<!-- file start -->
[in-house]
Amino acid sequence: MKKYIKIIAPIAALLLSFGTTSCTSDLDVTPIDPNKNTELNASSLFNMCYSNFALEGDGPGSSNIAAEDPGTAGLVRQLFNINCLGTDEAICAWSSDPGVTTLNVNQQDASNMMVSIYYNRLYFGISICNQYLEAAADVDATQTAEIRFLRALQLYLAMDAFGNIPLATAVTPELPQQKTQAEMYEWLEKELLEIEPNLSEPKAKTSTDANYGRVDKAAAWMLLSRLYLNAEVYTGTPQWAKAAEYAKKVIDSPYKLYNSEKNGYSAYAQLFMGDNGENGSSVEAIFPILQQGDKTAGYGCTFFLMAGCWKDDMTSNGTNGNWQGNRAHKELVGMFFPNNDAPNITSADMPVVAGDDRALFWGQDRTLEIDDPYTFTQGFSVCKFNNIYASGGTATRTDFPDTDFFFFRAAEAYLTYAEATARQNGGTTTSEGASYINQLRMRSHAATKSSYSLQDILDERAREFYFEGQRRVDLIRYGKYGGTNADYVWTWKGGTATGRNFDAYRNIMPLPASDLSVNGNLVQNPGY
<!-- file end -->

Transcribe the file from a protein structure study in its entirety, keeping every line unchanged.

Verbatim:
[in-house]
Amino acid sequence: MKKYIKIIAPIAALLLSFGTTSCTSDLDVTPIDPNKNTELNASSLFNMCYSNFALEGDGPGSSNIAAEDPGTAGLVRQLFNINCLGTDEAICAWSSDPGVTTLNVNQQDASNMMVSIYYNRLYFGISICNQYLEAAADVDATQTAEIRFLRALQLYLAMDAFGNIPLATAVTPELPQQKTQAEMYEWLEKELLEIEPNLSEPKAKTSTDANYGRVDKAAAWMLLSRLYLNAEVYTGTPQWAKAAEYAKKVIDSPYKLYNSEKNGYSAYAQLFMGDNGENGSSVEAIFPILQQGDKTAGYGCTFFLMAGCWKDDMTSNGTNGNWQGNRAHKELVGMFFPNNDAPNITSADMPVVAGDDRALFWGQDRTLEIDDPYTFTQGFSVCKFNNIYASGGTATRTDFPDTDFFFFRAAEAYLTYAEATARQNGGTTTSEGASYINQLRMRSHAATKSSYSLQDILDERAREFYFEGQRRVDLIRYGKYGGTNADYVWTWKGGTATGRNFDAYRNIMPLPASDLSVNGNLVQNPGY